The National Assembly (NA) on May 31 tabled the Biodiversity Bill of Bhutan 2021 with the agriculture minister Yeshey Penjor presenting general principles and objectives in the first and second reading of the bill.
Lyonpo said that after the Biodiversity Act of Bhutan was adopted in 2003, Bhutan became a member of 15 international environmental agreements. The Nagoya Protocol, in particular, the lyonpo said, required the country to make major changes in the act.
The Nagoya Protocol on access and benefit-sharing, to which Bhutan became a member in 2011, aims at sharing the benefits arising from the utilisation of genetic resources in a fair and equitable way and encourages access to genetic resources.
He said that the bill should promote conservation and sustainable use of biological resources and applies to access to or utilisation of genetic resources or its derivatives from Bhutan, whether they are accessed in-situ or ex-situ. “It repeals the Biodiversity Act of Bhutan 2003, and subsidiary legislations framed and adopted thereunder, and section 73 of the National Environment Protection Act of Bhutan 2007.”
Upon agreement by the House to move forward with the third reading, the bill was referred to NA’s Environment and Climate Change Committee for further scrutiny.
Bartsham-Shongphu’s NA member, Passang Dorji, suggested the committee could look into the possibility of the bill replacing the highly disputed Mines and Mineral Bill, which the House and National Council couldn’t agree on.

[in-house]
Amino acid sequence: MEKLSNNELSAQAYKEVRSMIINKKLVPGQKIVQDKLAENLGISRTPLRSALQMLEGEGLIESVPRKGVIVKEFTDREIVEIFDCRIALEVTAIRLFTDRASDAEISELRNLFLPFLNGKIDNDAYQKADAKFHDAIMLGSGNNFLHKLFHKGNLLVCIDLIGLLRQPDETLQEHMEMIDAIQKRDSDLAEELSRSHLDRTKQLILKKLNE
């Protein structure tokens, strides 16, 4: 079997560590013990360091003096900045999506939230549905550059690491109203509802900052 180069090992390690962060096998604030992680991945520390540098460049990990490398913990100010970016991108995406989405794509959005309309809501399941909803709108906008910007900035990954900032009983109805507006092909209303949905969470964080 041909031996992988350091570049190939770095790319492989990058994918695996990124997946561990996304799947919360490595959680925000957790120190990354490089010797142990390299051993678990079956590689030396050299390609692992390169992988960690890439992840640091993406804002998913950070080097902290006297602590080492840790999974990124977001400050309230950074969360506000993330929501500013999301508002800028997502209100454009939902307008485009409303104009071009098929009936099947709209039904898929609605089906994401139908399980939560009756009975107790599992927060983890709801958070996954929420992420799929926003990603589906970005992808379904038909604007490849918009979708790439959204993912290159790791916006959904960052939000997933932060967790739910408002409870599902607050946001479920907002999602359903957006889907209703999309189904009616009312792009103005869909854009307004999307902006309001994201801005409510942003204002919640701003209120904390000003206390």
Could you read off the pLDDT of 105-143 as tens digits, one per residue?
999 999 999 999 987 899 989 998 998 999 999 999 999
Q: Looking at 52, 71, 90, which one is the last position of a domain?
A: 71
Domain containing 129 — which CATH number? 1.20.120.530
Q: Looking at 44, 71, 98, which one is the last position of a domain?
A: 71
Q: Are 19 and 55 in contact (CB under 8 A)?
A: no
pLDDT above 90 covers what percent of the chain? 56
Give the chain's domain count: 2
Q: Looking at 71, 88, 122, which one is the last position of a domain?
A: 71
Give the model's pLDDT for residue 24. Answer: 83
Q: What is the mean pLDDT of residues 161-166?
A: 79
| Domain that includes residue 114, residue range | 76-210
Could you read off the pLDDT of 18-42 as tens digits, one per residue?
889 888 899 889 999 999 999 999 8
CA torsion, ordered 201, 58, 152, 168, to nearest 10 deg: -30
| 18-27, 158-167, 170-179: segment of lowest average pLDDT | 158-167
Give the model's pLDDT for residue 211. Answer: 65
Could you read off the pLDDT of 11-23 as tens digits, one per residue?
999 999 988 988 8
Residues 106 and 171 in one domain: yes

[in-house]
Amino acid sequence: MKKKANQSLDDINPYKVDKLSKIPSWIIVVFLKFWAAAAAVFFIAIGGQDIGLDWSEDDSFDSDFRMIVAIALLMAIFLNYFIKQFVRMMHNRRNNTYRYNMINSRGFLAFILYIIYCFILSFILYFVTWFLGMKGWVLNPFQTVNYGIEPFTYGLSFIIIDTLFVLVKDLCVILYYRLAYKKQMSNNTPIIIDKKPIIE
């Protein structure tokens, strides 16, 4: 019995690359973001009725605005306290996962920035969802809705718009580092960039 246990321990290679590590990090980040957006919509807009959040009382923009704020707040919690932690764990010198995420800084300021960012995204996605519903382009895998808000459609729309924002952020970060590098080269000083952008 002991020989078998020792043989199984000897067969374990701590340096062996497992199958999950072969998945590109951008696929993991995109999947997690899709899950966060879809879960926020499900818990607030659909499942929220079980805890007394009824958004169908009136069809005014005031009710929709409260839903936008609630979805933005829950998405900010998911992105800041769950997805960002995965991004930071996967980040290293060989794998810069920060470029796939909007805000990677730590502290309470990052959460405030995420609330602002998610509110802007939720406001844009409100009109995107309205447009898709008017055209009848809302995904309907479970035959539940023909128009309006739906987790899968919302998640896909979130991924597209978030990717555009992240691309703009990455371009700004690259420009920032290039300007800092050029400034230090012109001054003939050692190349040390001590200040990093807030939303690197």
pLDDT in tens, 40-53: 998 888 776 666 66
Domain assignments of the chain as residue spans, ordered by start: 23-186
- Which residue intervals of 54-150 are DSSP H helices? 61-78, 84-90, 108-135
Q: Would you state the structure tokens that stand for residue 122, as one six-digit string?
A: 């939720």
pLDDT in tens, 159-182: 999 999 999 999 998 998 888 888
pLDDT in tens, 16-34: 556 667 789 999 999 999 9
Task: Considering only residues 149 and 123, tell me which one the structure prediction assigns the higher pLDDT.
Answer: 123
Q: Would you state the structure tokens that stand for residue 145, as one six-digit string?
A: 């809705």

The Opposition Leader Dorji Wangdi said that the bill should be thoroughly reviewed so that biodiversity is not lost at the expense of economic development. He said that there were talks about the government extracting timber to recover from Covid-19 losses.
He said that the bill should also address the concerns related to agarwood. “There is no clear policy on who is allowed to extract the highly-priced wood. There are some complaints that people from outside the country were exploiting the harvest. The wood is also inoculated, which can increase the risk of pest and disease infection.”
Lyonpo Yeshey Penjor said that the ministry was in the process of conducting research and studies on probability of planting high-quality agarwood and extracting agarwood oil, but due to the pandemic, they couldn’t proceed further.
The current agarwood in the south, he said, was of low quality and had no economic benefits. “The forest department has created a technical guideline which looks into inoculation process of agarwood.”
Gangzur-Minjey member, Kinga Penjor, said that the committee should look into the loss of local genetic resources, which could be taking place at unprecedented rates.
“With international focus on the critically endangered and protected species, Bhutan is losing focus on the conservation of local biodiversity. The bill could address such concerns, too,” he said.
By Choki Wangmo
Edited by Jigme Wangchuk